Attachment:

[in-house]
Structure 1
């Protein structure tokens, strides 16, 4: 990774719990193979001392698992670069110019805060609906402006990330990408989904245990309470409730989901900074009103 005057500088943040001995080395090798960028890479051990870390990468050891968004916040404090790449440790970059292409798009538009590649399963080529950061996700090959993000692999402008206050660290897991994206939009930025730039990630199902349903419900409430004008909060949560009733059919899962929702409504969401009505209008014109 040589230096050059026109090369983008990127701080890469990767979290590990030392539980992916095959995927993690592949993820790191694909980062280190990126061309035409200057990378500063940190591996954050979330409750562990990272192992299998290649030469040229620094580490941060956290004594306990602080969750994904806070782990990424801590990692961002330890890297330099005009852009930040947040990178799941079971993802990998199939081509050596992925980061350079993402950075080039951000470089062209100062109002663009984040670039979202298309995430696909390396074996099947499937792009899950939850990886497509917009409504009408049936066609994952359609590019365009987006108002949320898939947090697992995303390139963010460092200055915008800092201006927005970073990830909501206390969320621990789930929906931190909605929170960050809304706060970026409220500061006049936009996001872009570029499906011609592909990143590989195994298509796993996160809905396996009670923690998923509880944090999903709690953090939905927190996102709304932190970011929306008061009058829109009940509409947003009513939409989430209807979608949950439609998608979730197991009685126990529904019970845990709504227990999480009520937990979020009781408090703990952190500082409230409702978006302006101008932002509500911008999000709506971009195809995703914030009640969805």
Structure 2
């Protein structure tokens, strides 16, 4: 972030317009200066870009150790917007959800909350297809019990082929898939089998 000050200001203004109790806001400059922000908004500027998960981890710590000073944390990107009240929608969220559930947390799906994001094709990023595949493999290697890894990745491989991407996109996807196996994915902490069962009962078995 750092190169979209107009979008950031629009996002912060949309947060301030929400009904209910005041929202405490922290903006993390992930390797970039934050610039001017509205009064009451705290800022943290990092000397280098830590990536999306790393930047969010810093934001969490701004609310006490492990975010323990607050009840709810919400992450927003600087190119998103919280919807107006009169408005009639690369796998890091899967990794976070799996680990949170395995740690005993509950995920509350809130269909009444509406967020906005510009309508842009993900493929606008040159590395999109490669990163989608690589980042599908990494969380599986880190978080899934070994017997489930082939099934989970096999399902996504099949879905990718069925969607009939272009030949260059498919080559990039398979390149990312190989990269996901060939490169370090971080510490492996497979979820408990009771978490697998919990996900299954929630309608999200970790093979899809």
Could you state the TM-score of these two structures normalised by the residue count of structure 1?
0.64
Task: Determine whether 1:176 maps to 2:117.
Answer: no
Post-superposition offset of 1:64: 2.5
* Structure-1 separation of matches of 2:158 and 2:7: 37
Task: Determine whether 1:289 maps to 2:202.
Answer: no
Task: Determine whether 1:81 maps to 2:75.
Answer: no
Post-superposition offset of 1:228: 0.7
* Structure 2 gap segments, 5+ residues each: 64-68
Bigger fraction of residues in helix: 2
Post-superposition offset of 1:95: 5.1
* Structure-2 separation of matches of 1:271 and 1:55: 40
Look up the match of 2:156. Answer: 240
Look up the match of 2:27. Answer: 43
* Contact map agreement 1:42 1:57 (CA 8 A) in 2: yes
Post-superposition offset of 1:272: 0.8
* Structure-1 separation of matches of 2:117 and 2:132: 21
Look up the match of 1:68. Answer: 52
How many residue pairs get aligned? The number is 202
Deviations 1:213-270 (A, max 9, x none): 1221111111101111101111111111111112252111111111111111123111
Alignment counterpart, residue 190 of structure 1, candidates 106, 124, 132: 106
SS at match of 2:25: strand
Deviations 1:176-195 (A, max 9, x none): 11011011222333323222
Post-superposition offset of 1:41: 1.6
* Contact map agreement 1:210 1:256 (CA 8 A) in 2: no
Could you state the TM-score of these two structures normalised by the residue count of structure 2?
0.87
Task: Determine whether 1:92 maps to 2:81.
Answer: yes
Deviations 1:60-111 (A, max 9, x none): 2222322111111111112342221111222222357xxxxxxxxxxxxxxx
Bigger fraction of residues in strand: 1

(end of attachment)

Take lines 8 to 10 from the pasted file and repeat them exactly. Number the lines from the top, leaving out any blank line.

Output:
Task: Determine whether 1:176 maps to 2:117.
Answer: no
Post-superposition offset of 1:64: 2.5